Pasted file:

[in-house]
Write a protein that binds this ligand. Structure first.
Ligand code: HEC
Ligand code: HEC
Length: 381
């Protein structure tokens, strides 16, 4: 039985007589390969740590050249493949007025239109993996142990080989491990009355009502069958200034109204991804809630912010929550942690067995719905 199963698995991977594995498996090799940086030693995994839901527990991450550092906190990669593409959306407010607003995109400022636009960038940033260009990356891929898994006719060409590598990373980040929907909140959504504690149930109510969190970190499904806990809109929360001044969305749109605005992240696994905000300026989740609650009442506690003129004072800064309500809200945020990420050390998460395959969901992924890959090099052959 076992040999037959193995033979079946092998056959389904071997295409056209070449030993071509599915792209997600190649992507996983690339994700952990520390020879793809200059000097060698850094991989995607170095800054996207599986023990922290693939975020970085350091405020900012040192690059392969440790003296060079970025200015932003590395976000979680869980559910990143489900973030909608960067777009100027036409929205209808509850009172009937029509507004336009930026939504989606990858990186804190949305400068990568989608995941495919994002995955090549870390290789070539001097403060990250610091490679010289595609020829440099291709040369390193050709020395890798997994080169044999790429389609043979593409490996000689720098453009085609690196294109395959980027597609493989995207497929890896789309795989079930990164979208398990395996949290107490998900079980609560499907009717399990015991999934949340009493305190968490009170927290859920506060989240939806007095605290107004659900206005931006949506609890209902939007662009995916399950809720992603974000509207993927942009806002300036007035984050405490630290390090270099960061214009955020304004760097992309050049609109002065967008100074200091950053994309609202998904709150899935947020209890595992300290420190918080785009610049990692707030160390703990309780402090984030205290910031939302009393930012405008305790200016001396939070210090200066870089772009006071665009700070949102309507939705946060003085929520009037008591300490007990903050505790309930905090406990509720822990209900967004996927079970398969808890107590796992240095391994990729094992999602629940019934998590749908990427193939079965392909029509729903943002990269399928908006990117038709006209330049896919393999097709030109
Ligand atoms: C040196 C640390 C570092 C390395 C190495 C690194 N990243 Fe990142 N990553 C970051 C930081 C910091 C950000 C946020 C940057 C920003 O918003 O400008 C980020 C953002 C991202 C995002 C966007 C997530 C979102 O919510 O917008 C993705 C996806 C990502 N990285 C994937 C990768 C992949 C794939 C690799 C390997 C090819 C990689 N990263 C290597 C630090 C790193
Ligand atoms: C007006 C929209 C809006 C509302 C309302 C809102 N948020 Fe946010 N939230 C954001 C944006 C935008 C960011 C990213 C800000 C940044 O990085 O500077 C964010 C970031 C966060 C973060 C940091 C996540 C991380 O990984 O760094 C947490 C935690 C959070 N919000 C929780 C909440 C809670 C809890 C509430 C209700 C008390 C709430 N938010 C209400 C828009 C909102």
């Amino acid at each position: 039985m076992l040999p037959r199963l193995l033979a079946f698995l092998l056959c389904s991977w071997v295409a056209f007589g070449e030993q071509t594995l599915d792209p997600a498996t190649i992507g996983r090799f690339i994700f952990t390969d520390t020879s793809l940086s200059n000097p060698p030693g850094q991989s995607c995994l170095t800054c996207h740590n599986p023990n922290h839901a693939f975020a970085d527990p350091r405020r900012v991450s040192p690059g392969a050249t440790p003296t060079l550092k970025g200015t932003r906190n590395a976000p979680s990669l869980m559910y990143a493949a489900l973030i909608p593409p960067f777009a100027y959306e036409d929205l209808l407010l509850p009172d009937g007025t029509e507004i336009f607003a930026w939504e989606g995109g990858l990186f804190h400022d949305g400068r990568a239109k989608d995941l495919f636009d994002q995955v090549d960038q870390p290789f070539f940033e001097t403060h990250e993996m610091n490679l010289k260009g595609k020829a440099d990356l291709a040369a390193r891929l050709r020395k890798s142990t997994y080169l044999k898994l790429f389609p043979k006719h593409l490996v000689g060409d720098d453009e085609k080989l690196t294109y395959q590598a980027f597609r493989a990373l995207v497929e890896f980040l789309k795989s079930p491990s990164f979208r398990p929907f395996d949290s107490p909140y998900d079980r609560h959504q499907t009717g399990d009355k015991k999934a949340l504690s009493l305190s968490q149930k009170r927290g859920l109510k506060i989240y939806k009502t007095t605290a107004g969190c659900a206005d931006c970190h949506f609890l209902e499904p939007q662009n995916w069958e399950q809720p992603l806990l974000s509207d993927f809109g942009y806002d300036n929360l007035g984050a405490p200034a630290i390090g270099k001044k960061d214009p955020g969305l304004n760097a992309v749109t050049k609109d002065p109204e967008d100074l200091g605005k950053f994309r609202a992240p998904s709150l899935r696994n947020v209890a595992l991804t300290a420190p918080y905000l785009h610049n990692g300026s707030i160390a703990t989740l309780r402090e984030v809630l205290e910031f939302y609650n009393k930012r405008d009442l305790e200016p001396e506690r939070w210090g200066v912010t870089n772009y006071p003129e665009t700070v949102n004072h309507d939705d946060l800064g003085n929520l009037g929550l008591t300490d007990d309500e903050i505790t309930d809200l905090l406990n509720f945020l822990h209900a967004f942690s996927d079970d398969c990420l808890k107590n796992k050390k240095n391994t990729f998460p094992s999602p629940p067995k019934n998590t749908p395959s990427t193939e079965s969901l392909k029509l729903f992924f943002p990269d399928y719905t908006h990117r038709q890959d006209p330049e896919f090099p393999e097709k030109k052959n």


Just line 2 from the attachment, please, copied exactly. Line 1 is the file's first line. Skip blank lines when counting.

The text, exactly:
Write a protein that binds this ligand. Structure first.